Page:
Discover the history of the Château-Vieux, an historical and architectural gem - Saint Germain Boucles de Seine
Discover the history of the Château-Vieux, an historical and architectural gem
The Château-Vieux de Saint-Germain has welcomed many kings over the centuries, up to the time of Napoleon III, who turned it into the Musée d'Archéologie nationale that we know today. Come and learn about its history.
The imposing Château de Saint-Germain with its elegant Renaissance-style profile is in fact the third of a series that was begun by Louis VI in the 12th century. The first fortress, which became a ruin after the Hundred Years' War, gave way to a second building with a pentagonal shape commissioned by Charles V. It was François I who finally instigated the building of the Renaissance château, which was designed by Pierre Chambiges.
François I and the kings that succeeded him stayed here often. Henri II continued the work initiated by his father and began construction of the Château-Neuf, where Louis XIV was born on 5 September 1638. It was Henri IV who finished this building. Overlooking the Seine, it was a real pleasure palace for the king and the court. The king added terraced gardens, which stretched down to the river. The Château-Neuf de Saint-Germain was at that time one of the finest in Europe.
Under the reign of Louis XIV, Saint-Germain became the seat of the kingdom's government and the Château-Vieux was the king's main residence from 1666 to 1682, when the court left for Versailles; the layout of the city centre dates from this time. Some important events took place in the château, including the christening of Louis, Grand Dauphin, and the marriage of Mlle de Lois and the Prince de Conti; it was the scene of grand festivities, too: concerts, balls and theatrical performances. The King particularly favoured the worked of Molière and Lully.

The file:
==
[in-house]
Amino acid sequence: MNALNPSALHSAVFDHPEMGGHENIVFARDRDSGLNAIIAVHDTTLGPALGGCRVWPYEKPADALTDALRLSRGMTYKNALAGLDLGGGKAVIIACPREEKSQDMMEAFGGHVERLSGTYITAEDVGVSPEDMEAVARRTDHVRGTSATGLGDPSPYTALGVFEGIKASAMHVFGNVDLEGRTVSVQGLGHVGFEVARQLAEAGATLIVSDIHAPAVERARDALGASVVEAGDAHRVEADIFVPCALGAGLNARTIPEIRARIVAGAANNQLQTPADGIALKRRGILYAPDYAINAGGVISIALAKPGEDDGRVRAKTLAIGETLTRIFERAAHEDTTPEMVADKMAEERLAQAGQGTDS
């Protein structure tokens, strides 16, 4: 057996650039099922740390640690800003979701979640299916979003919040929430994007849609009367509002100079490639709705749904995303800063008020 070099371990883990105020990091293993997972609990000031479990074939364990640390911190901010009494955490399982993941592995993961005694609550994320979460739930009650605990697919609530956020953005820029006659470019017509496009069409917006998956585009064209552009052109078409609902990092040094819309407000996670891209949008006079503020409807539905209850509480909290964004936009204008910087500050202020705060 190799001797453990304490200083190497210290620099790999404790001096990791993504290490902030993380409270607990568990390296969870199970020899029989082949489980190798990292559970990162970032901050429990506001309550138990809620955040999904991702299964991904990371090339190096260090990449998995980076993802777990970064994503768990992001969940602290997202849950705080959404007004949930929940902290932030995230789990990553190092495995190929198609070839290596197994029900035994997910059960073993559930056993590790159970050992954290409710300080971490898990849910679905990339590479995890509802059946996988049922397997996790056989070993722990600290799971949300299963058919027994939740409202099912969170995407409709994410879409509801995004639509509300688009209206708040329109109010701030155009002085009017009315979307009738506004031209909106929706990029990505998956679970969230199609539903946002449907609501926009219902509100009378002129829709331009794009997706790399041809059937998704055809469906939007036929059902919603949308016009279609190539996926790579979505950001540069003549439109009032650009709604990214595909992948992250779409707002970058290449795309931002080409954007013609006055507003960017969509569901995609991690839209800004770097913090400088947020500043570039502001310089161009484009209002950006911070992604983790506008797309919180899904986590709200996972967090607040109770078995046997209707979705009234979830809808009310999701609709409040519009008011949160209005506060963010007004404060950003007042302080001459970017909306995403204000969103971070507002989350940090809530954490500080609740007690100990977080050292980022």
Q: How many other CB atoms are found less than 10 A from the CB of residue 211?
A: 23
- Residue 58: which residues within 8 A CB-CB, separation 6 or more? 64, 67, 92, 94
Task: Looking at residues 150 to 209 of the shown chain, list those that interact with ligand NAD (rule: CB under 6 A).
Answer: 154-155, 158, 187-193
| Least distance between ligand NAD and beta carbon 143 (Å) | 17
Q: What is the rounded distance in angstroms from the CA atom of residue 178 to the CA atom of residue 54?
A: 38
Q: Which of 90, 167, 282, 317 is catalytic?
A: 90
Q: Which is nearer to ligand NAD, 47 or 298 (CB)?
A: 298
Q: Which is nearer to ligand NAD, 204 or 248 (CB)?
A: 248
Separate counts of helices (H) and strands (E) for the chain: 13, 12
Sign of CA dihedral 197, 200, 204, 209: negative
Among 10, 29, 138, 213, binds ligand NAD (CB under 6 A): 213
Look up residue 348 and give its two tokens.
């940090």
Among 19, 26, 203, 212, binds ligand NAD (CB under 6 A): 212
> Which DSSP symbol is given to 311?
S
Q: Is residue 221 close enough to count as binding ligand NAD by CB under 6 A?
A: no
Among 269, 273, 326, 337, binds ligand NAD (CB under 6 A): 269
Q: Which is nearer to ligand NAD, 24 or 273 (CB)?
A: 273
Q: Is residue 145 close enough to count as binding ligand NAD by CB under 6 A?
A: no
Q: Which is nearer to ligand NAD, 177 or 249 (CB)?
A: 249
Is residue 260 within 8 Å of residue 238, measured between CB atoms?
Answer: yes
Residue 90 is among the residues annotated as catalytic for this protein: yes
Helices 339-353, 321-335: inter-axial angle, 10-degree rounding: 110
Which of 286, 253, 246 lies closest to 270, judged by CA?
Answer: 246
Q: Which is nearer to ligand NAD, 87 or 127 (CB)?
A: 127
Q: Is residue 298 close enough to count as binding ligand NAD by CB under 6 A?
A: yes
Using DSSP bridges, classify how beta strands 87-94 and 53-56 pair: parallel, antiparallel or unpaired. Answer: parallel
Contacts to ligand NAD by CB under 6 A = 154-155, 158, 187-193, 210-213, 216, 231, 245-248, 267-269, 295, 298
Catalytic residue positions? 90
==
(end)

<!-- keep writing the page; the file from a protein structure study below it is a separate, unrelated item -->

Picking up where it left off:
Towards the end of the 18th century, the Château-Neuf, which was already in a state of disrepair due to a lack of maintenance, was abandoned. Today, only a few remains, including the Rampe des Grottes and the Mur des Lions, recall its former existence.
/ TODAY'S MUSÉE D'ARCHÉOLOGIE NATIONALE /
Napoleon III had the Château-Vieux restored by Eugène Millet, who notably destroyed the corner pavilions that Louis XIV had added. In 1867, the Emperor set up the 'Musée d’antiquités celtiques et gallo-romaines' here.
Today, it houses the Musée d'Archéologie nationale. The old rooms of this Renaissance building display some of the finest archeological collections in the world.
/ THE CHÂTEAU'S COURTYARD AND CHAPEL /
It was Louis IX, known as Saint Louis, who, in 1230–38, added a chapel whose style prefigured that of the Sainte-Chapelle de Paris. Many royal christenings and marriages took place here.
Later, François I, adding bricks to stone, built the Renaissance château that you can discover today. And it was in the palace chapel that he married Claude of France on 18 May 1514.
In the courtyard, a hidden trompe-l'œil presents itself to keen-eyed visitors. See if you can find it!
As you enter the Rayonnant Gothic-style chapel, the oldest of the preserved buildings, look up and admire the corners of the rib vaults and their seven ronde-bosse heads, and have some fun seeing if you can spot that of Saint Louis!
Free admission except during certain temporary exhibitions.
Every day throughout the year between 10 am and 5 pm.
Closed on Tuesday.
Closed exceptionally on January 1st, May 1st and December 25th.
Free access. Admission is free except to the museum (admission fee). See the relevant sheet.
No reviews available.